Month: February 2017

Select Readings (Week 7/2017)

Just another article illuminating the slow-moving train wreck that is the Retirement Crisis in the U.S.: Two-Thirds of Americans Aren’t Putting Money in Their 401(k) (Putting this at the top of the reading list to call attention to the crisis. The U.S. 401K savings scheme is a classic example of good policy intentions meet a complex system – financial and societal – that changes over time and cause unintended consequences years down the road. Many FinTech start-ups are working on the savings and retirement problems from different angles, but we need both industrial and policy solutions to succeed)

2016 Berkshire Hathaway Annual Shareholder Letter is finally here (Again Warren tore into the hedge fund industry for its collective under-performance and fee structure, and praised Jack Bogle as his business hero for bringing ultra-low-cost index fund products to the average Americans and in the process amassed only a tiny fraction of wealth vs. a typical money manager. In the end, Warren did offer an olive branch to Wall Street, Berkshire loves to pay fees as long as it is commensurate with the value it gets)

Full notes of Professor Bruce Greenwald’s Value Investing Class at Columbia Business School (Enjoyed this class while at CBS, the same class that Todd Combs took. Great intro course to the value investing framework that Professor Greenwald developed, which is a lot different from what you learn from classic textbooks or other schools)

Full notes of Professor Joel Greenblatt’s Special Situations Class at Columbia Business School (Joel Greenblatt has one of the best investing track records – 40%+ for more than a decade. This class is only available to students in the Value Investing program, but much of Greenblatt’s teachings are in his two books)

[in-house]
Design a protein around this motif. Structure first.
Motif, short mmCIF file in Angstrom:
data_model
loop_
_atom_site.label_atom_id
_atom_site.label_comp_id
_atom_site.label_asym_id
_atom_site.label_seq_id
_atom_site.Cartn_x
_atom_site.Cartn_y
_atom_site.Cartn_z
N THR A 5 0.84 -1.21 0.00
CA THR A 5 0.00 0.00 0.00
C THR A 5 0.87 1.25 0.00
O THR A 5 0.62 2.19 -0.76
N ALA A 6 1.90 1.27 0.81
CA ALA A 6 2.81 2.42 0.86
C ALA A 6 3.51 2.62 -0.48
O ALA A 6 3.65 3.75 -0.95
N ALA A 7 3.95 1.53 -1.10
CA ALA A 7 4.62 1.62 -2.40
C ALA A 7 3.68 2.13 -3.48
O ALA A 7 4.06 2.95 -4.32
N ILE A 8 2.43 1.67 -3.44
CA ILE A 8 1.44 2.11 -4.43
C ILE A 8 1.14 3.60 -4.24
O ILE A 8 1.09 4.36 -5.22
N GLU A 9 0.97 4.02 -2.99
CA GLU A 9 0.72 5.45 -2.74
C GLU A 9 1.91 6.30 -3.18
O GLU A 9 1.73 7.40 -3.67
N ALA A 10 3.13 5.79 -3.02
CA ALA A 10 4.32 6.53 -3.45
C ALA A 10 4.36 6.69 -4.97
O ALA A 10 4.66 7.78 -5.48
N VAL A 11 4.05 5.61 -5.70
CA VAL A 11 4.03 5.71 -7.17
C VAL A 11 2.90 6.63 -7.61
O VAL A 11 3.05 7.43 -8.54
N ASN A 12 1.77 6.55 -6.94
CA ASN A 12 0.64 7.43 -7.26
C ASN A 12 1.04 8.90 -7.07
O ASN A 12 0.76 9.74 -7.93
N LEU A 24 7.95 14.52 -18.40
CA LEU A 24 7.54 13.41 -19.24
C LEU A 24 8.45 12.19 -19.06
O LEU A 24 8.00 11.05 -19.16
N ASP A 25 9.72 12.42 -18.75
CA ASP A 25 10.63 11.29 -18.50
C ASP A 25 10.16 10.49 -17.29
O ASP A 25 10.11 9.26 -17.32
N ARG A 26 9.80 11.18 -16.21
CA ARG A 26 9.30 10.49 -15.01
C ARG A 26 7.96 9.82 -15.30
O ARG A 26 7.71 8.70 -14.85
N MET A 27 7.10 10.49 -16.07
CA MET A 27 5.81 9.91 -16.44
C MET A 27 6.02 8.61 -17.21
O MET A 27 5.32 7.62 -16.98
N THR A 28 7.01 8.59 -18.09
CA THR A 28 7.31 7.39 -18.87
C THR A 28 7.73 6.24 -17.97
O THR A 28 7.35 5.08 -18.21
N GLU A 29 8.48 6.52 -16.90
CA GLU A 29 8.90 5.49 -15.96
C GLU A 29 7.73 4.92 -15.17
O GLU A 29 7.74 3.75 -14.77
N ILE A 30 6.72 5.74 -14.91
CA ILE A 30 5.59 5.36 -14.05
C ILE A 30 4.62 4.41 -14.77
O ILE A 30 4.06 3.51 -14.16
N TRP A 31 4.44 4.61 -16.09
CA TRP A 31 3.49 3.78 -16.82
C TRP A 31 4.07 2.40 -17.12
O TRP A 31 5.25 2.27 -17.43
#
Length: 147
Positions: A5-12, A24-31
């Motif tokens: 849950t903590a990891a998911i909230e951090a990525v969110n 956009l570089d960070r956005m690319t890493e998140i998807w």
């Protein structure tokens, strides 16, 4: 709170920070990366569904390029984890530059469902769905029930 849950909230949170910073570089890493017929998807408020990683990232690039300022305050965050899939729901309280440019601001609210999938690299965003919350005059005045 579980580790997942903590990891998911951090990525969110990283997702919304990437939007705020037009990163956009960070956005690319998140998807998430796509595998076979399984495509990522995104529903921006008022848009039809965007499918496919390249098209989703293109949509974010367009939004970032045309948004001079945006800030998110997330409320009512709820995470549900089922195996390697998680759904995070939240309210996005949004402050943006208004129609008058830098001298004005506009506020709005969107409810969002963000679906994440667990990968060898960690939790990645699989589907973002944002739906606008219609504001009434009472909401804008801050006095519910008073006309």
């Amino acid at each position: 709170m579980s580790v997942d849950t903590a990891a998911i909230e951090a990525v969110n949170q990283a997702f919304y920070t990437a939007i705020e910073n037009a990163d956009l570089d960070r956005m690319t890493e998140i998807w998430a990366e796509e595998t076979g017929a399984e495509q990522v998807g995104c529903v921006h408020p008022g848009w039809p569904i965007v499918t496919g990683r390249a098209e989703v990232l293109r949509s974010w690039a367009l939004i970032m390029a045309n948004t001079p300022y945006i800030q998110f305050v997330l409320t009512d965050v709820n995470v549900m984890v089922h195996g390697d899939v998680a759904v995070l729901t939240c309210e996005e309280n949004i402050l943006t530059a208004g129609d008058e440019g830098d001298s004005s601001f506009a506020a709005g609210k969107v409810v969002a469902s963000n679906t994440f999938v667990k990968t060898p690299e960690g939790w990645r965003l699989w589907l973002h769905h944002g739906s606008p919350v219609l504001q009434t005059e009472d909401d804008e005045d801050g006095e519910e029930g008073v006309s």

The Value and Opportunity Blog just started an interesting series on Travel stocks (OTAs)

Turning away from good old-fashioned stock picking, Numerai, a San Francisco-based start-up launched in 2016, is using open-source to run a new kind of hedge fund by combining cryptography, data science, bitcoin, and crowdsourcing. This week they just issued their own crypto-currency to further incentivize data scientists to work together, white-paper here and you could join their Slack Channel here (So far in finance, stock exchanges and payment processing are the only few areas where strong network effects exist. Can Numerai turn our traditional ‘zero-sum-game’ notion of asset management on its head and create network effects in capital allocation? My initial intuition is maybe…on a smaller scale. In essence, they are still running a hedge fund, where investment research is outsourced to freelance data scientists, whether such a model could create sustainable alpha and how much AUM could it handle need to be proven. Also, what’s to prevent other hedge funds copy the business model? I do like the spirit of open-source innovation and this is still a very early-stage experiment, so we should see it as an experiment. If anything, it is certainly on the bleeding edge of FinTech, and Union Square Ventures and Renaissance Technology have thrown their money behind it)